Thanks to some of my recent clinic participants I have become intrigued by how Nordic Walking would measurably benefit those who struggle with balance and stability. Parkinson's and Multiple Sclerosis are both diseases which come to mind. In some of my recent research I came across Bill Trewin who tells his story better than I could... so here it is.
Bill Trewin, Moncton, New Brunswick, Canada
Diagnosed with Parkinson’s at age 49 now 55
"I have Parkinson's...........it doesn't have me"
April 19th 2009
NW came into my life about five years ago because of two wonderful friends who urged me to attend a workshop. I stopped running when I felt it was no longer safe for me. It wasn’t easy to give it up, however after that first workshop I realized that there was an alternative activity for me that could be just as rewarding. With fifteen ½ marathons (13 miles or 21K) and one full marathon completed, I know it is a wonderful and satisfying sport.
NW involves walking with poles similar to cross country ski poles but different in style and design. The most noticeable feature is that they have removable small boot- like rubber tips to use when walking on pavement or other hard surfaces. There are various figures on how much overall better workout you get from NW as compared to regular walking. I’ve heard as high as 40% and as low as 20%. I’ll leave that to the experts but my experience is you get out what you put in.
The technique is different as well. It should be taught by someone qualified and who also understands we are not all built the same. Some people require flexibility for a variety of reasons. For example a person with arthritis may have an issue with range of motion in their arms; a person with MS might have difficulty with their legs. This does not mean that they should not NW.......as long as their doctor says it’s alright and they have the desire, the benefits can be positive.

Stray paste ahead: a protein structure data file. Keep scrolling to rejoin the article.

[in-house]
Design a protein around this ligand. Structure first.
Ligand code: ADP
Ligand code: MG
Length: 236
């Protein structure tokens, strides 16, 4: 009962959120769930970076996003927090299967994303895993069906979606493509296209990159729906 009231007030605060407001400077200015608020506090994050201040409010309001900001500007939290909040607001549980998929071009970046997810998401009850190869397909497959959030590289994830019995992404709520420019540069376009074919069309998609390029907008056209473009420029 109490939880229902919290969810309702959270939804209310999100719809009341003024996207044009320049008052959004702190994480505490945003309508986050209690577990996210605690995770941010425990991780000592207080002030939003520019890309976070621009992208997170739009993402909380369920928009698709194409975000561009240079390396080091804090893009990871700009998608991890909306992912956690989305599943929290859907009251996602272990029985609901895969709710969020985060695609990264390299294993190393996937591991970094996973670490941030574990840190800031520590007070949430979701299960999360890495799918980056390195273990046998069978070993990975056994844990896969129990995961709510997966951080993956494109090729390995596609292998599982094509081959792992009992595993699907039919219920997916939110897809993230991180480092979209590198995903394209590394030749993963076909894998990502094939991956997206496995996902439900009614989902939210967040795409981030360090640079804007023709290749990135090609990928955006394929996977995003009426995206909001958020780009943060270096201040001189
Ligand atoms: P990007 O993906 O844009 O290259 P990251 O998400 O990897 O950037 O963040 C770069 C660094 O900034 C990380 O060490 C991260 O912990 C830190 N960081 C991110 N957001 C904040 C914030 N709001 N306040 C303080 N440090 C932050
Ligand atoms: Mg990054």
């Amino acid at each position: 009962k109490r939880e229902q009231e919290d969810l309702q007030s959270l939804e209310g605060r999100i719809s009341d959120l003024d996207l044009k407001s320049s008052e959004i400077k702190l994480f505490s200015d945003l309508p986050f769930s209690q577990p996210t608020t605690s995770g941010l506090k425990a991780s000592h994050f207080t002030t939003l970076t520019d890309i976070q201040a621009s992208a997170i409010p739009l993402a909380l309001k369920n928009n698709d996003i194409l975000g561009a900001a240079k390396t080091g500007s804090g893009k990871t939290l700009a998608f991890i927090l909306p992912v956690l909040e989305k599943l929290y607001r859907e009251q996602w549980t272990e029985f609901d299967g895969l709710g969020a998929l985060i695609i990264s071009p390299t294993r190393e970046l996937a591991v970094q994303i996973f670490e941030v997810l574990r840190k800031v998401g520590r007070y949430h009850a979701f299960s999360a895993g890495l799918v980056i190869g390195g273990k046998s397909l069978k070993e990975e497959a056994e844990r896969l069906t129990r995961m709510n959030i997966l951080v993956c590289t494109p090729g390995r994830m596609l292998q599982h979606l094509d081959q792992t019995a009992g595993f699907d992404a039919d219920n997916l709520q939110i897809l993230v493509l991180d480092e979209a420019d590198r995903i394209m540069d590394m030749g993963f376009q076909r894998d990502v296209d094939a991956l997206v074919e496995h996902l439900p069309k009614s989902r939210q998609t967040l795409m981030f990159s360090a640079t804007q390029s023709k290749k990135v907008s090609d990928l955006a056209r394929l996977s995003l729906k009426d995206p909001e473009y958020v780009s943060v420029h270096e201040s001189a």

Nordic Walking has done the following for me:
- It gets me outdoors into the fresh air.
- A hobby of mine is taking waterfalls pictures and the NW poles make it happen.
- Improves my posture, most notably my head and shoulders are close to upright.
- It allows my weak side (right) to become more engaged by improving my leg stride and more arm movement.
- Music plays a critical role in the intensity of the walk. I choose songs at approximately 138 beats per minute for training walks and the day of the event. At times during extended/intense walks my right arm will swing better.
- As I cross the finish line I get that runners high I used to experience.
- For a period of time after an event the tremors and rigidity are improved.
There are many sites on the internet about NW. My blog is just one small bit of information that’s out there. http://nordicwalkingmaritimecanada.blogspot.com/
What have your experiences been using Nordic Poles for balance and stability? What effects have you enjoyed such as lengthened stride, increased your speed, better posture or simply just feeling more confident?